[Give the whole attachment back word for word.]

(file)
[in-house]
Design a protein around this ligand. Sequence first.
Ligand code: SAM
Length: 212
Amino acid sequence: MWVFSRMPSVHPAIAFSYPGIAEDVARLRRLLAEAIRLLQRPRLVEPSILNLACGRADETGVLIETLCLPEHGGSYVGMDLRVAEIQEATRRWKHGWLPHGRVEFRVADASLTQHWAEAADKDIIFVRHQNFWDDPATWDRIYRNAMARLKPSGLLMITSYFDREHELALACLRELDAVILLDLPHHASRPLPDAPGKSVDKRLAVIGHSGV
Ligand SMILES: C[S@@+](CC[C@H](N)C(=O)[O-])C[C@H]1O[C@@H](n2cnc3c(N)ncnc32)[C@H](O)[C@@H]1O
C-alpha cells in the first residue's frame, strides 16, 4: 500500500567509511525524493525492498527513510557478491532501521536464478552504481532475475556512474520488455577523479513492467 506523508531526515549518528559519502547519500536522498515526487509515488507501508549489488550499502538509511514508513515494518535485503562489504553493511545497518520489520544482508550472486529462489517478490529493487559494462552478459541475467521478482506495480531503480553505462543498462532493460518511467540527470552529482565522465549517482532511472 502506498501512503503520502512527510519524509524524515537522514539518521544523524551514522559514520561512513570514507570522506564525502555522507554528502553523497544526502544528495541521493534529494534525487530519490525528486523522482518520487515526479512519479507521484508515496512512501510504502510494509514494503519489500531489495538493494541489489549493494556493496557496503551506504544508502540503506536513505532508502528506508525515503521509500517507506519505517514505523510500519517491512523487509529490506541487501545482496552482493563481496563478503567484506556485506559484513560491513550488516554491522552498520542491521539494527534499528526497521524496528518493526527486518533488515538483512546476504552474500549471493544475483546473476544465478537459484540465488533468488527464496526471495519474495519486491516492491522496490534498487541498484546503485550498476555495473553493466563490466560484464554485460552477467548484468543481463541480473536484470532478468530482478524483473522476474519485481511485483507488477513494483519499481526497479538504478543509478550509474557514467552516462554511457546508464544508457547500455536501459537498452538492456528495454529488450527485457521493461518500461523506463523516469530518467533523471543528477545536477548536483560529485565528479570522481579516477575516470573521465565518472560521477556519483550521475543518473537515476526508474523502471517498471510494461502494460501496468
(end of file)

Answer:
[in-house]
Design a protein around this ligand. Sequence first.
Ligand code: SAM
Length: 212
Amino acid sequence: MWVFSRMPSVHPAIAFSYPGIAEDVARLRRLLAEAIRLLQRPRLVEPSILNLACGRADETGVLIETLCLPEHGGSYVGMDLRVAEIQEATRRWKHGWLPHGRVEFRVADASLTQHWAEAADKDIIFVRHQNFWDDPATWDRIYRNAMARLKPSGLLMITSYFDREHELALACLRELDAVILLDLPHHASRPLPDAPGKSVDKRLAVIGHSGV
Ligand SMILES: C[S@@+](CC[C@H](N)C(=O)[O-])C[C@H]1O[C@@H](n2cnc3c(N)ncnc32)[C@H](O)[C@@H]1O
C-alpha cells in the first residue's frame, strides 16, 4: 500500500567509511525524493525492498527513510557478491532501521536464478552504481532475475556512474520488455577523479513492467 506523508531526515549518528559519502547519500536522498515526487509515488507501508549489488550499502538509511514508513515494518535485503562489504553493511545497518520489520544482508550472486529462489517478490529493487559494462552478459541475467521478482506495480531503480553505462543498462532493460518511467540527470552529482565522465549517482532511472 502506498501512503503520502512527510519524509524524515537522514539518521544523524551514522559514520561512513570514507570522506564525502555522507554528502553523497544526502544528495541521493534529494534525487530519490525528486523522482518520487515526479512519479507521484508515496512512501510504502510494509514494503519489500531489495538493494541489489549493494556493496557496503551506504544508502540503506536513505532508502528506508525515503521509500517507506519505517514505523510500519517491512523487509529490506541487501545482496552482493563481496563478503567484506556485506559484513560491513550488516554491522552498520542491521539494527534499528526497521524496528518493526527486518533488515538483512546476504552474500549471493544475483546473476544465478537459484540465488533468488527464496526471495519474495519486491516492491522496490534498487541498484546503485550498476555495473553493466563490466560484464554485460552477467548484468543481463541480473536484470532478468530482478524483473522476474519485481511485483507488477513494483519499481526497479538504478543509478550509474557514467552516462554511457546508464544508457547500455536501459537498452538492456528495454529488450527485457521493461518500461523506463523516469530518467533523471543528477545536477548536483560529485565528479570522481579516477575516470573521465565518472560521477556519483550521475543518473537515476526508474523502471517498471510494461502494460501496468